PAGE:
As expensive as TAA is, its cost does not exceed the benefits that the trade deals present. Seeing this linkage as inevitable, Boehner negotiated a curtailed program that reduced benefits to a price Tea Party Republicans could vote for while Obama seemed willing to let the issue languish as a poison pill, letting him voice tepid support for the deals in speeches knowing he would never have to sign them. Now thanks to Boehner, Obama will be able to sign the Korea deal with the president of South Korea by his side in a state visit, looking all presidential for the cameras.
Currency Exchange Rate Oversight Reform Act (China currency bill)
The China currency bill is another story. It seeks to penalize China for the value of its currency. Perhaps the bill’s backers are able to accuse China of devaluing its currency because few Americans read the Financial Times let alone the Wall Street Journal. China has been doing nothing of the sort. They have learned from Japan’s mistakes. Japan did undervalue its currency which by 1990 fueled an equity bubble the likes of which the world had never seen, and Japan has yet to recover from its collapse.
For more than 20 years China has pegged its currency to the US dollar. When we go up they go up; when we go down they go down. This is Bretton Woods not competitive devaluation. When their neighbors devalued their currencies in 1997, China remained a pillar of stability, responsibly maintaining a value of $.12 to the dollar until 2005. Since 2005 the Chinese Yuan has already been allowed to appreciate against the dollar by more than 30%.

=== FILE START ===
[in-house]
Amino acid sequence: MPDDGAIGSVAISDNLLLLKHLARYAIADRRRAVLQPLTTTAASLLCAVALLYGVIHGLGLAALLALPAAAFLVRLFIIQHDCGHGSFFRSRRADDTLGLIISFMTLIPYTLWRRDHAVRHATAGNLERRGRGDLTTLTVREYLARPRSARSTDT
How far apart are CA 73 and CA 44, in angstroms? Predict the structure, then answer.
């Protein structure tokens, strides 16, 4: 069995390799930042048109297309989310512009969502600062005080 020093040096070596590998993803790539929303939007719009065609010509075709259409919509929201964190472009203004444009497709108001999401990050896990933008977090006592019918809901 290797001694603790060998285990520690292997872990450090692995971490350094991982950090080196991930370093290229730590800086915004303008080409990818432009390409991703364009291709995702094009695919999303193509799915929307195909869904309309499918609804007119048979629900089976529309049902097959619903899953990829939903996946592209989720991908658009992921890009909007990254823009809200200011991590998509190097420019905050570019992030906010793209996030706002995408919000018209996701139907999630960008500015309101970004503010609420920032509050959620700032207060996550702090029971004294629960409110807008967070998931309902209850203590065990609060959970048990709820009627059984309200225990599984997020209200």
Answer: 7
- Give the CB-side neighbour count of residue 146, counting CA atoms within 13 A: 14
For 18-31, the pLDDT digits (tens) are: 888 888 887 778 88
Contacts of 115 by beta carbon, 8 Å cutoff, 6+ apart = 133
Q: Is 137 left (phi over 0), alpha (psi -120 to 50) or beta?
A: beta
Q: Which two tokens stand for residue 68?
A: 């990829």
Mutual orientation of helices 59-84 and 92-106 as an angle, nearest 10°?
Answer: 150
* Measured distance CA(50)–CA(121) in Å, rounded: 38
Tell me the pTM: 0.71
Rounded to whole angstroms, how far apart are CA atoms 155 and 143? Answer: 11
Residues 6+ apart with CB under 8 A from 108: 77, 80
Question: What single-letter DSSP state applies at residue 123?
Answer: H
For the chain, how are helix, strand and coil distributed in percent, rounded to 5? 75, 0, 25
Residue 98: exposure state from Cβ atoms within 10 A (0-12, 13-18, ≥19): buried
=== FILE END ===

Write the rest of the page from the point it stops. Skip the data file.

If China’s currency floated, it would likely appreciate much more, but why? Because it is the dollar that is falling in value! We are the ones debasing our currency. The Bank of China’s monetary policy has been to peg their currency to our sinking ship.
We need to be careful what we ask for here. To maintain their peg, the Bank of China must buy US Treasuries, mostly 10 year notes. Forget a trade war; what if they actually complied? A sudden drop in demand for US treasuries would raise our long-term interest rates. As the developed world sits upon a global sovereign debt bubble that is beginning to collapse in Europe, this is no time for radical moves of any kind in the bond market. A gradual adjustment that is already playing out is what we need, not shock therapy. How did we come to a point where the People’s Republic of China displays more sound financial judgement than the US Senate?
The Currency Exchange Rate Oversight Reform Act promises to be our generation’s answer to the Smoot Hawley Tariff Act of 1930. Like Herbert Hoover, Obama does not have the will to stop it. It passed the Senate on Tuesday 65-35 with nearly every Democrat voting for it and 16 Republicans joining them. The White House has said very little on one of the most dangerous pieces of legislation working its way through Congress. Once again Boehner has taken the lead. He announced last week that he will not be letting it come to a vote in the House.
From averting us from self-inflicted disaster of either triggering a trade war with China or a flash crash in Treasuries and by cutting a smart deal that links a curtailed TAA to pass along with three job creating trade agreements, Boehner has shown incredible deal-making skills when the will for compromise is in short supply. All of this contrasts with Obama who has managed to anger his base anyway and yet never manages to get a deal through Congress without its Speaker (Pelosi or Boehner) holding his hand.
Eric Shierman is a partner at Creative Destruction Investment Partners, writes for the Oregonian under the pen name “Portland Aristotle” on the MyOregon blog, and is the author of the forthcoming book: A Brief History of Political Cultural Change. His articles can be read at:http://connect.oregonlive.com/user/PortlandAristotle/posts.html